Lynn Taylor, author of Tame Your Terrible Office Tyrant, told Psychology Today, "If your boss is a master at taking the conversation elsewhere, come up with a 'bridge,' such as, 'That’s interesting…Oh, I just remembered something else I wanted to mention about my proposal.'" Remember, if you want to be heard, you have to make sure you're ruthless with your steering.
4. Keep One Eye On Timing
Your idea might be solid but if the timing is bad you simply won't get anywhere with it. Because of that, keep an eye on timing.
Taylor suggested, "First thing Monday morning is obviously a bad choice, as is right before lunch. And if your company’s stock just sank 10 percent or you’re competing with 12 other people in a given hour, your time can wait." See what times your boss is less harried and if it seems like she's not overly-stressed, and then pounce.
5. Do Your Research
Sometimes bosses pass on stellar ideas just because they don't see what value it will bring to the company. During moments like those, have some case studies and statistics ready — do your research!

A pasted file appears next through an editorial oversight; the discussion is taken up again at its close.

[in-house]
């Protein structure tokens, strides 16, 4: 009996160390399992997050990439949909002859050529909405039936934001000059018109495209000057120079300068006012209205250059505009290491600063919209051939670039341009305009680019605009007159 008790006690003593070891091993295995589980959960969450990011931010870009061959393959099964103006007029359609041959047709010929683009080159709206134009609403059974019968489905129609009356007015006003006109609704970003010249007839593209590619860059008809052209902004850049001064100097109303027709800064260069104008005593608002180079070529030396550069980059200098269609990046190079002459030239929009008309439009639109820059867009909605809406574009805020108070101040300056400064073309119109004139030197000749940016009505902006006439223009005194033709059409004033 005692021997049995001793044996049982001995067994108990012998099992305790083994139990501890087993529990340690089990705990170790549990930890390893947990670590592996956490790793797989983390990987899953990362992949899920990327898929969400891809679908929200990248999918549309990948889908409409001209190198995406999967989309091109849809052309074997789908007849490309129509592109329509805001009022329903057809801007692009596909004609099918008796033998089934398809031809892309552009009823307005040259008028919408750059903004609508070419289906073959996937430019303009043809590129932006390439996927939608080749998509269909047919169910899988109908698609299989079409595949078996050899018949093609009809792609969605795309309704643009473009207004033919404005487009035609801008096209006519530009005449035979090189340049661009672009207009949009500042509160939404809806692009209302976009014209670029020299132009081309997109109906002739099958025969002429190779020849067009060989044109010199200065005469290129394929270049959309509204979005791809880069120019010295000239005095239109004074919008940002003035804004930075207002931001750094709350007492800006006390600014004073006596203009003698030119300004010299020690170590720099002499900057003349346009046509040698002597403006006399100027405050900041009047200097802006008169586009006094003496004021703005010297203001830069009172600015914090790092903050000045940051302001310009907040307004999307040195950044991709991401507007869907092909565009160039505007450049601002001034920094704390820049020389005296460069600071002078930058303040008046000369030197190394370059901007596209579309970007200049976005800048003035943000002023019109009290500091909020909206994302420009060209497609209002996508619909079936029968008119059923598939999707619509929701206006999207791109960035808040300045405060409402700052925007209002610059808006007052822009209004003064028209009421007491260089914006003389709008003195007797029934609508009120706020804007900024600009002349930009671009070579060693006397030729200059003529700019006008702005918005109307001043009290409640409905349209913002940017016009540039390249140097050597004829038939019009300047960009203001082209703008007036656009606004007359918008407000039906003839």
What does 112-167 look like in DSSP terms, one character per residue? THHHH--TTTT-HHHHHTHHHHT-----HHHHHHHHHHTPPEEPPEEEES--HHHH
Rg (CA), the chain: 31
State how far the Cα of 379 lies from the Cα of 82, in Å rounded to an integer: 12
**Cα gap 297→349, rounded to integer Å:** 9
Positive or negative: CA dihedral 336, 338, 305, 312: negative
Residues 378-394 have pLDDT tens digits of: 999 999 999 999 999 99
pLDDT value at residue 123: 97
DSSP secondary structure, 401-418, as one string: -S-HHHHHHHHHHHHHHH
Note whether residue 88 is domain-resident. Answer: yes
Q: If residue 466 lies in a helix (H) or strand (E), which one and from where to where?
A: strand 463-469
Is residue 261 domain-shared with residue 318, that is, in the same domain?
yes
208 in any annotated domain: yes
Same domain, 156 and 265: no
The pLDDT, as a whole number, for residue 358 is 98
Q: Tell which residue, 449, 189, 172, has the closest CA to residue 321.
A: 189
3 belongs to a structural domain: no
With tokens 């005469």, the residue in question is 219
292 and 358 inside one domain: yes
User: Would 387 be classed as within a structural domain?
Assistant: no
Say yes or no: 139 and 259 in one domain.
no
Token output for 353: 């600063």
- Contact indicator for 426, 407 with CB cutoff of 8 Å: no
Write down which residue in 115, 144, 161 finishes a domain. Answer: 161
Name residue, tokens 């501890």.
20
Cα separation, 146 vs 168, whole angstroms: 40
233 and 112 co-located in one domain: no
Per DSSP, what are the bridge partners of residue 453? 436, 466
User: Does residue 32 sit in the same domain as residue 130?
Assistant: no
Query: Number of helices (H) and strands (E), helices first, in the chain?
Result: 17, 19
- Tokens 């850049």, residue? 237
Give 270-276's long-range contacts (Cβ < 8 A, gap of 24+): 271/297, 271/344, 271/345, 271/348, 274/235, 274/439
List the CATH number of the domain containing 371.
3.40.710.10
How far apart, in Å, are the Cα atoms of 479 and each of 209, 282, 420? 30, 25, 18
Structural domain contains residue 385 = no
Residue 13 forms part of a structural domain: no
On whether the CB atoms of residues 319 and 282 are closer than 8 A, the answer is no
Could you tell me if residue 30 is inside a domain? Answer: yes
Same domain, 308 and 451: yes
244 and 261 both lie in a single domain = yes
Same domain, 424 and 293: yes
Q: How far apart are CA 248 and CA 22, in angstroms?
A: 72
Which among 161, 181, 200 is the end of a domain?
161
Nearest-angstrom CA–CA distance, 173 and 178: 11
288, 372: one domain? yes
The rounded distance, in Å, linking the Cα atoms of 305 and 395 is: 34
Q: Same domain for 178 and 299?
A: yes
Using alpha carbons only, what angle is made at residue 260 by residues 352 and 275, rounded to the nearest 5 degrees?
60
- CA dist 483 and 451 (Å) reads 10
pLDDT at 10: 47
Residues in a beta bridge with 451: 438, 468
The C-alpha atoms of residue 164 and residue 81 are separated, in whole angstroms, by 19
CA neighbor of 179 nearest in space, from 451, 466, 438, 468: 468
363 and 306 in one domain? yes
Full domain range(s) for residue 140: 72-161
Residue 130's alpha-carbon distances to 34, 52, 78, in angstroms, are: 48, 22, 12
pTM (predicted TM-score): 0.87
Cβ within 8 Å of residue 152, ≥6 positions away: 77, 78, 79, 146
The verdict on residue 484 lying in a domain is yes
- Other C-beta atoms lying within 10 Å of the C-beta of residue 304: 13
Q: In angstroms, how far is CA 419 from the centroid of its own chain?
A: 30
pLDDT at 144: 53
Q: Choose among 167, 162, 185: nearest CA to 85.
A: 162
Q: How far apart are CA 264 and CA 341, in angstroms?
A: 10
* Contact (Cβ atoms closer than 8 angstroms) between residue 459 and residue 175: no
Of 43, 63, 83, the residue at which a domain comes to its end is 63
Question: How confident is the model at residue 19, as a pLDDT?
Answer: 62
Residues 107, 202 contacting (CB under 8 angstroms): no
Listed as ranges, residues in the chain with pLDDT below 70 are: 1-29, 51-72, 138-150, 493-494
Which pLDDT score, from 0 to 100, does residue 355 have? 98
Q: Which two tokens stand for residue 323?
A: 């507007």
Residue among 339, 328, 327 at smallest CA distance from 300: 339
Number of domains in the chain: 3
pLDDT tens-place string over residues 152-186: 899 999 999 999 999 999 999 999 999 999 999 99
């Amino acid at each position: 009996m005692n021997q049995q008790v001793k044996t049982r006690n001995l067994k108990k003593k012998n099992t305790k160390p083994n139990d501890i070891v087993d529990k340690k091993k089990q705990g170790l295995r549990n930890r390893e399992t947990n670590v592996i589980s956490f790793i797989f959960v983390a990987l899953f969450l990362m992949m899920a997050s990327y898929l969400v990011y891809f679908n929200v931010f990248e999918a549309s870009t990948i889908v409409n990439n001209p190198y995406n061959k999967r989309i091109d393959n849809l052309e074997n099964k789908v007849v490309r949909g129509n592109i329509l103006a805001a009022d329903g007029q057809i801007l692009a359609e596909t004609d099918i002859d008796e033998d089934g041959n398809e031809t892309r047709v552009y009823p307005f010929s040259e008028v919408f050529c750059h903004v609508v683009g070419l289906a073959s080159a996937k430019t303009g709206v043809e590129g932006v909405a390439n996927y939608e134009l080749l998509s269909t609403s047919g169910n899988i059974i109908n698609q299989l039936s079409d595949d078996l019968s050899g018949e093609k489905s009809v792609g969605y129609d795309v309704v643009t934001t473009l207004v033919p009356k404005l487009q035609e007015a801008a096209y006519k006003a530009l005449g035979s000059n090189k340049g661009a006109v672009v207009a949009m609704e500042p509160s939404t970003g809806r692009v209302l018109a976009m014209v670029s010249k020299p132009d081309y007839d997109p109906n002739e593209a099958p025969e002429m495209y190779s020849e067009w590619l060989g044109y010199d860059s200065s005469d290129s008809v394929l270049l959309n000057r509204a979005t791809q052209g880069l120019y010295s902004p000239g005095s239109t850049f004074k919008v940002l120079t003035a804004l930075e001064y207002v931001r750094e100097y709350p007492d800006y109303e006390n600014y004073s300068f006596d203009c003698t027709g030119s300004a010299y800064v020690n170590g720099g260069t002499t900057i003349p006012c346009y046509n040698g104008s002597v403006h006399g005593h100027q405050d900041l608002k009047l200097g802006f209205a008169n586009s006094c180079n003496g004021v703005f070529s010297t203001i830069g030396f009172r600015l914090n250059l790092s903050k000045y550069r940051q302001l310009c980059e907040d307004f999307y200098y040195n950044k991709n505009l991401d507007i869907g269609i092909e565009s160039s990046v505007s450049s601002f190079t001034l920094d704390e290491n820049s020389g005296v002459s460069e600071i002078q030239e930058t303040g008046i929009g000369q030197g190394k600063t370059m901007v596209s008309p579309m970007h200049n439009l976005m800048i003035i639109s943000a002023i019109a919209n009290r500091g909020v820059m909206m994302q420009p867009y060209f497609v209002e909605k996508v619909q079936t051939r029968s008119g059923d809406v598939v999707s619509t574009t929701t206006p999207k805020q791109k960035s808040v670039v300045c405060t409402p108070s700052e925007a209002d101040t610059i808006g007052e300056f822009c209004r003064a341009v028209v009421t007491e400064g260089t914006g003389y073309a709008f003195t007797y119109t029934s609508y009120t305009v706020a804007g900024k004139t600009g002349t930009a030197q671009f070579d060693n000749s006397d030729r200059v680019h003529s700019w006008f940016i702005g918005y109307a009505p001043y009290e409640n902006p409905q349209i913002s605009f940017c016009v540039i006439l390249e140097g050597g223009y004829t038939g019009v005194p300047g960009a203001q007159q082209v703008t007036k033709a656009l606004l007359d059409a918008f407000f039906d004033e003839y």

Lifestyle writer Whitson Gordon told Lifehacker, "Gather up some evidence of why you think it would work. Does another company do this thing differently? How did it work out for them? Can you adapt it? Can you give an example of how it would have affected your most recent project?" If you can prove your idea can bring some major benefits to your department then you'll definitely have your boss's attention.
6. Work Your Boss's Personality Into It
This might sound a little crafty, but if you want your boss to relate to your pitch, work their personality into it. If they're more excitable and energetic, make sure you bounce into the meeting with the same attitude. If they usually like to focus on projects with a certain angle (money saving, client appreciation giving) work that into your pitch. Try to make it as engaging as possible. Taylor offered, "Use what you know about your manager to be more engaging – you’ll draw him or her in and keep their attention longer." If you know what buttons to push, push them.
7. Show Them It'll Benefit Them
If you really want to appeal to someone, show them how you could make their life easier if only they'll let you. That gets everyone's attention, doesn't it?
Gordon pointed out, "To increase your chances of being heard, explain your idea in a way that benefits your boss. Make them see how it makes their life easier, not just yours." Maybe you spear-heading this project will allow her more time to focus on higher-level things, or you introducing a new workflow plan will allow her to micro-manage less, or if you want to host some kind of client appreciation event it'll cut down on her flood of emails from antsy customers — whatever it is, skew the pitch so it shows how it'll benefit her the most. That'll at least get your foot into the door.